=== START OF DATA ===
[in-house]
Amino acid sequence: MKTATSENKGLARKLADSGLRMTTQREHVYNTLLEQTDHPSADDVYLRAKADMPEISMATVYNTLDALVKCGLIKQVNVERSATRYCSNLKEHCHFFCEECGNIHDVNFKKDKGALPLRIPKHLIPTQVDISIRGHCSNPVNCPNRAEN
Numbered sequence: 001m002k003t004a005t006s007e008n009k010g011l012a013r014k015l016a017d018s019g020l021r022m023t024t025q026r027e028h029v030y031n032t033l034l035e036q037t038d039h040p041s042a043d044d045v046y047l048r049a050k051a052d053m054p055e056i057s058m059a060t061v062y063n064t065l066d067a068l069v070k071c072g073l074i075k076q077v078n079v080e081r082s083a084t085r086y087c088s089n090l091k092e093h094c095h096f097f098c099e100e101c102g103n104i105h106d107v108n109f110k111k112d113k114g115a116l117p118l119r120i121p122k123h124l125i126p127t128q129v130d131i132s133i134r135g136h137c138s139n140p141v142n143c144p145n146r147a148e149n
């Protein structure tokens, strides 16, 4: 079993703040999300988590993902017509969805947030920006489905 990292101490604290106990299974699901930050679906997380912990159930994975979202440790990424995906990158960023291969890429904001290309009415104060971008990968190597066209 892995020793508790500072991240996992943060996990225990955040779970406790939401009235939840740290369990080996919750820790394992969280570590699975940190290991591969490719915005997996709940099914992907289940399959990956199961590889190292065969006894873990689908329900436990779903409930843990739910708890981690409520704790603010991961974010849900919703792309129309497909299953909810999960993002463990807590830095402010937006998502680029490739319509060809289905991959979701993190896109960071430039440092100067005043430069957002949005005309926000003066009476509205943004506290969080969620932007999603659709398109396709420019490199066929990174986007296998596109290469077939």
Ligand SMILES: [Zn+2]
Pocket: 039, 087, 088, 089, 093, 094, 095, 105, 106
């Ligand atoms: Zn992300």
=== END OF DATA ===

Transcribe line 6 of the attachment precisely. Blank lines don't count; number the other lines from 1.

Pocket: 039, 087, 088, 089, 093, 094, 095, 105, 106